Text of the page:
Category Archives: Colorado ghost stories

A Toast to the Ghosts

c 2021 by Jan MacKell Collins

Yeah I know Halloween is a long way off, but this writing has nothing to do with that sacred holiday. Rather, I’ve just recently been tracking down cemeteries in my area, and it turns out that there are lots of them. Some are still used, some are abandoned, and some have no trace left to show that they were there to begin with. For me, however, a graveyard is a sign that someone lived nearby, be it a ranch or homestead or an actual town. And often, just reading the name, date and inscription on a tombstone can tell you a lot about the occupant and how they lived.

When you are an historian, the people you fall in love with in your line of work are, unfortunately, dead. They cannot rise from the grave and tell you about their past. There is no pointing the way to where they were born or where they lived. Unless they left written record, there is no way of knowing their favorite color, or what they liked to eat, or how they felt about themselves and their lives. Thus their end is often my beginning as I look for the graves of my subjects to glean information and research for the story of their lives. Doing so brings closure for me, since a grave is literally the last place a person is seen. I find it ironic that the beginning for me starts with the end of another.

Having spent years studying old mortuary records and exploring graveyards, the frontier approach to death fascinates me. It is surprising, for instance, how many people died without socks—a standard item appearing on most mortuary forms. Death came so often in those days that caskets were given elaborate and comforting names—the “Fairy Couch” comes to mind, usually sold to widowers or the mothers of young girls. And, long after the burial, families once made day excursions to picnic at the graves of their loved ones on a regular basis.

Like those families of yesteryear, I like cemeteries. They are quiet, and peaceful. Their graves are, or were, lovingly tended by their families. When I see a flower vase on its side, or a flag that has come out of its holder, or leaves and mud covering a flat gravestone, I can’t help but tidy it up a bit. I have been known to talk to the occupants, sympathizing with their plight at the end. Sometimes I read their name out loud, because it has probably been a long time since someone did that. I like to think I am making sure they will never be forgotten.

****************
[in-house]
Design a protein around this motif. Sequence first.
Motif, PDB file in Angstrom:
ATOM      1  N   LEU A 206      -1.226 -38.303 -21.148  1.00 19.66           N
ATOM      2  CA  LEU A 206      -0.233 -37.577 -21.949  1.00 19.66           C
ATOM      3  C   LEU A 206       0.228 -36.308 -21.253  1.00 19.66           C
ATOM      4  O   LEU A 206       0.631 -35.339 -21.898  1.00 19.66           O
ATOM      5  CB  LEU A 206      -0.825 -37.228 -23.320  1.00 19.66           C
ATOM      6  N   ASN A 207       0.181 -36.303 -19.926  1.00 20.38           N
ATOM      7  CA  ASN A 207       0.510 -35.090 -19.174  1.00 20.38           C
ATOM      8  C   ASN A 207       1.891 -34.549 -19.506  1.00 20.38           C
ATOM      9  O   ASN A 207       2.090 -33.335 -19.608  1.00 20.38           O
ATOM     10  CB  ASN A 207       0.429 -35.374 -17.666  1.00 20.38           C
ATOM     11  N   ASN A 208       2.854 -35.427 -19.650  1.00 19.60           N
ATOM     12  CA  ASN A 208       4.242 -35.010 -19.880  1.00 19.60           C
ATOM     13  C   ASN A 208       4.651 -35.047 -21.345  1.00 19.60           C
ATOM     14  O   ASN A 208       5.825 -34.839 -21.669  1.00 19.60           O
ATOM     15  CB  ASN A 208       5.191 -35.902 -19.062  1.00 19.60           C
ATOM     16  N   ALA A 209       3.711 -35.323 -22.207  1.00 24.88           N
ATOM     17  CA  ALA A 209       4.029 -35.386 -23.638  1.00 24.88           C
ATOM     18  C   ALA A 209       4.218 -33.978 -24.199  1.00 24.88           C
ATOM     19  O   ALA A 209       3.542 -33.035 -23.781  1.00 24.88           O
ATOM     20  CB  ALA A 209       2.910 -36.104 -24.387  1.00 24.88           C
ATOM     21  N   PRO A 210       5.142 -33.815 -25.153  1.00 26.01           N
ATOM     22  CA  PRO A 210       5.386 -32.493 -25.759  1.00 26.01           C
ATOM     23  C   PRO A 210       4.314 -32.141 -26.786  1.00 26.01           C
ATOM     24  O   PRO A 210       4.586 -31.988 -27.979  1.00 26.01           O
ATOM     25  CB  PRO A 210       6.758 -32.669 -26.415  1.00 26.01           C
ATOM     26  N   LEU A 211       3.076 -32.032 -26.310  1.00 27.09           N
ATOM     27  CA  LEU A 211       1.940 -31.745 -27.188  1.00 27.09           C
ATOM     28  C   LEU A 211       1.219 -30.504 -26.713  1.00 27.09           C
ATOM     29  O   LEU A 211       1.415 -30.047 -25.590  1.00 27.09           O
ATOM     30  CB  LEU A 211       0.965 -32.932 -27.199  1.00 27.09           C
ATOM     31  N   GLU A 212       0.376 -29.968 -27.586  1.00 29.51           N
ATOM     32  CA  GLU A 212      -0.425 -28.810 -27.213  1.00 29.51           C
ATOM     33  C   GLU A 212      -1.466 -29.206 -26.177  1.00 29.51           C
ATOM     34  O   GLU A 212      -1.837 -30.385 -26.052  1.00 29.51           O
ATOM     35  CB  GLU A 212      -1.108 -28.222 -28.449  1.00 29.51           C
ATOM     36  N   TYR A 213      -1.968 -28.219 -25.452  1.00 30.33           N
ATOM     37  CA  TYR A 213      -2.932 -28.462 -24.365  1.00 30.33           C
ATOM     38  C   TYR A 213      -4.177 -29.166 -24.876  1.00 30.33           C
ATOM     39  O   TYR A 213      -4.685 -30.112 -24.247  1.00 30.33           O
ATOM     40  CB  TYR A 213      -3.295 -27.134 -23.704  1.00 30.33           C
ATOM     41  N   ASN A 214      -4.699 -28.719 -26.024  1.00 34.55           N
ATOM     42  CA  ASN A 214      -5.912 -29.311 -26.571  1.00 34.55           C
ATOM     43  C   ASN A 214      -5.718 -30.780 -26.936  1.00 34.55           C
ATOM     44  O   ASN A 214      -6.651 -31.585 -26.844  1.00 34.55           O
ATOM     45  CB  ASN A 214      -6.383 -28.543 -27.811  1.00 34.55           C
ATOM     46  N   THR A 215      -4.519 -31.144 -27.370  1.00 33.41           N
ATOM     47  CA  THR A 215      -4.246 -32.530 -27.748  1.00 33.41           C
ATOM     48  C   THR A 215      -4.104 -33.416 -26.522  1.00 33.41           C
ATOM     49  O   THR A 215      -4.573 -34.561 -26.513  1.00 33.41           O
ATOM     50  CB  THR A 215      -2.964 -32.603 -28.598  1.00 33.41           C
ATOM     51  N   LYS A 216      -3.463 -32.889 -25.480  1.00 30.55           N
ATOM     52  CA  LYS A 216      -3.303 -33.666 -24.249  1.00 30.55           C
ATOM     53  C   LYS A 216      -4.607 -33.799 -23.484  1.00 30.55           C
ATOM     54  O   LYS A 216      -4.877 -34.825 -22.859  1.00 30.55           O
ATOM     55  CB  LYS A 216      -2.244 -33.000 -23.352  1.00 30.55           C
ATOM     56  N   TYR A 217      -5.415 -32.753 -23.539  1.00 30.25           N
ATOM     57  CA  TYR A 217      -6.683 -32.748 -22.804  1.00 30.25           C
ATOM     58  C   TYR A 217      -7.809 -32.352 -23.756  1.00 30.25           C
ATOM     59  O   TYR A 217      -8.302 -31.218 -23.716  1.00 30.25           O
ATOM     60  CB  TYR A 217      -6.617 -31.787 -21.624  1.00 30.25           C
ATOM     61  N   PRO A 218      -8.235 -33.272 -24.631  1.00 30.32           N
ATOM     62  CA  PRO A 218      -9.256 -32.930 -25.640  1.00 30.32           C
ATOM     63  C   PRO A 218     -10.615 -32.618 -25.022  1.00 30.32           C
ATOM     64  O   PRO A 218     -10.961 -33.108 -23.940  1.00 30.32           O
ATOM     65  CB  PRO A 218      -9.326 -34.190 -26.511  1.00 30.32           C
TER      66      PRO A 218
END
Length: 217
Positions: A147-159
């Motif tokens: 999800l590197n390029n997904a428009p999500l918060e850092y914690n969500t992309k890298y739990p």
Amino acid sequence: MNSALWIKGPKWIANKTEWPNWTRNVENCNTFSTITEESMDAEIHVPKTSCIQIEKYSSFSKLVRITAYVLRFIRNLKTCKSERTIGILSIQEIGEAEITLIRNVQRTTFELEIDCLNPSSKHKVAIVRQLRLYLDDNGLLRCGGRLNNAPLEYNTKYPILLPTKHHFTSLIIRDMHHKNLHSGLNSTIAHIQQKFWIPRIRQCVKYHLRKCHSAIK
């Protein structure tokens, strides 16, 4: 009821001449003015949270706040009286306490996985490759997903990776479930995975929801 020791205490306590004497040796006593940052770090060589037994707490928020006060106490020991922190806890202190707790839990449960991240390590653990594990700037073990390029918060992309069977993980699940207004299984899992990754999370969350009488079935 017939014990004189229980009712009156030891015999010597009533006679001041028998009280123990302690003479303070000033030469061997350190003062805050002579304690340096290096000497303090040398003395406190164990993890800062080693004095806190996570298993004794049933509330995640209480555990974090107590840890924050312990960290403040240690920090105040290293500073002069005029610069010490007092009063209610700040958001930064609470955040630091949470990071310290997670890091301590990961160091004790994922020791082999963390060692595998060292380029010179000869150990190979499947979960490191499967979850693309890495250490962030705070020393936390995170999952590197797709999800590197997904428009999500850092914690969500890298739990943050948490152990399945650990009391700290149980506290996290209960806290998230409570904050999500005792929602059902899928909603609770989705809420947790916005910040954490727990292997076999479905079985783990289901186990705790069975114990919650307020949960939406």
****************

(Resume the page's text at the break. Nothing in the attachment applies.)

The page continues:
Cemeteries also provide the proper thrills if one’s in the mood for a jolt. My mom and I once visited a wonderful graveyard in Colorado on an appropriately overcast day. I noticed that a vault door was slightly ajar, and as I moved away I swore I saw the door move. We were leaving anyway, but my heart missed a beat when the car inexplicably wouldn’t start. “Oh God, Mom!” I whimpered, grabbing her arm. She had a good laugh as she tried again and the car fired right up. Another time I accompanied the melodrama actors in Cripple Creek, Colorado on their annual “final show” jaunt to the local graveyard (sadly, they don’t do this anymore). It was late and very dark; I thought I was very clever for sneaking ahead and laying on a grave, waiting to pop up and scare someone. It was quite comfortable there, until I became aware that the voices around me had grown faint. Sitting up, I discovered everyone had headed out of the entrance far away from me. As much as I scrambled to get out of there, I never did catch up with them and felt like I was being watched as I walked very quickly towards the gate.

There are those who think cemeteries are creepy, and as someone who has heard voices and the cry of a baby while alone in one, I can certainly understand. But hearing voices, and the sounds of the living in places where nobody is alive, is normal in my line of work even if it does occasionally give me chills. These aren’t ghosts, to me anyway. It’s more like they are people lost in some sort of ethereal time warp, walking and talking as if they were still on this earth. And all of them have a story to tell. I don’t get vandals and other creepy people who think it’s ok to tip over tombstones and spray paint memorials. One day (unless you’re into cremation, which I am not), each of us will end up in a graveyard—the last sure sign we were ever on this earth to begin with. Be respectful.